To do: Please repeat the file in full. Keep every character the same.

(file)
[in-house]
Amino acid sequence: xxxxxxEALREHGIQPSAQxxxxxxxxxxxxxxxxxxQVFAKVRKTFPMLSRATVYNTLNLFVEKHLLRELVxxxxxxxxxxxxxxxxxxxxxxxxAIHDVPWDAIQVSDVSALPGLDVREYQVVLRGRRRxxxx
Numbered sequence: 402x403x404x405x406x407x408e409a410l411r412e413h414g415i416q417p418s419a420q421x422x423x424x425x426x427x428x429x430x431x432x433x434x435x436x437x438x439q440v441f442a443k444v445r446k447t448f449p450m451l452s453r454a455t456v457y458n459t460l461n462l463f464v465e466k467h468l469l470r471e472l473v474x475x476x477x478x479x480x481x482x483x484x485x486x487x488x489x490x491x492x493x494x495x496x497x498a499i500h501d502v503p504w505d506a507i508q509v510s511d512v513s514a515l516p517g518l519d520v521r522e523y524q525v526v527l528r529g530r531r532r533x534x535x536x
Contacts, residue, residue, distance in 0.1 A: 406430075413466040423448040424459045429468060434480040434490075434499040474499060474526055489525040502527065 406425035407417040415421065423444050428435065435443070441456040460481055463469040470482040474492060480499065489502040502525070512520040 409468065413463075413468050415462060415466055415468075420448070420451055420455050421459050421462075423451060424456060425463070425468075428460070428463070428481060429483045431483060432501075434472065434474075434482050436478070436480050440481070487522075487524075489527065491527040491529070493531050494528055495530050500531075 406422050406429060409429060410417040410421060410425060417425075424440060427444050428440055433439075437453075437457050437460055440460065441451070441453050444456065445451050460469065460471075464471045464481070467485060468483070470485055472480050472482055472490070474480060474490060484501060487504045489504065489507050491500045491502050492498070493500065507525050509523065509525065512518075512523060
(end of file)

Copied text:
[in-house]
Amino acid sequence: xxxxxxEALREHGIQPSAQxxxxxxxxxxxxxxxxxxQVFAKVRKTFPMLSRATVYNTLNLFVEKHLLRELVxxxxxxxxxxxxxxxxxxxxxxxxAIHDVPWDAIQVSDVSALPGLDVREYQVVLRGRRRxxxx
Numbered sequence: 402x403x404x405x406x407x408e409a410l411r412e413h414g415i416q417p418s419a420q421x422x423x424x425x426x427x428x429x430x431x432x433x434x435x436x437x438x439q440v441f442a443k444v445r446k447t448f449p450m451l452s453r454a455t456v457y458n459t460l461n462l463f464v465e466k467h468l469l470r471e472l473v474x475x476x477x478x479x480x481x482x483x484x485x486x487x488x489x490x491x492x493x494x495x496x497x498a499i500h501d502v503p504w505d506a507i508q509v510s511d512v513s514a515l516p517g518l519d520v521r522e523y524q525v526v527l528r529g530r531r532r533x534x535x536x
Contacts, residue, residue, distance in 0.1 A: 406430075413466040423448040424459045429468060434480040434490075434499040474499060474526055489525040502527065 406425035407417040415421065423444050428435065435443070441456040460481055463469040470482040474492060480499065489502040502525070512520040 409468065413463075413468050415462060415466055415468075420448070420451055420455050421459050421462075423451060424456060425463070425468075428460070428463070428481060429483045431483060432501075434472065434474075434482050436478070436480050440481070487522075487524075489527065491527040491529070493531050494528055495530050500531075 406422050406429060409429060410417040410421060410425060417425075424440060427444050428440055433439075437453075437457050437460055440460065441451070441453050444456065445451050460469065460471075464471045464481070467485060468483070470485055472480050472482055472490070474480060474490060484501060487504045489504065489507050491500045491502050492498070493500065507525050509523065509525065512518075512523060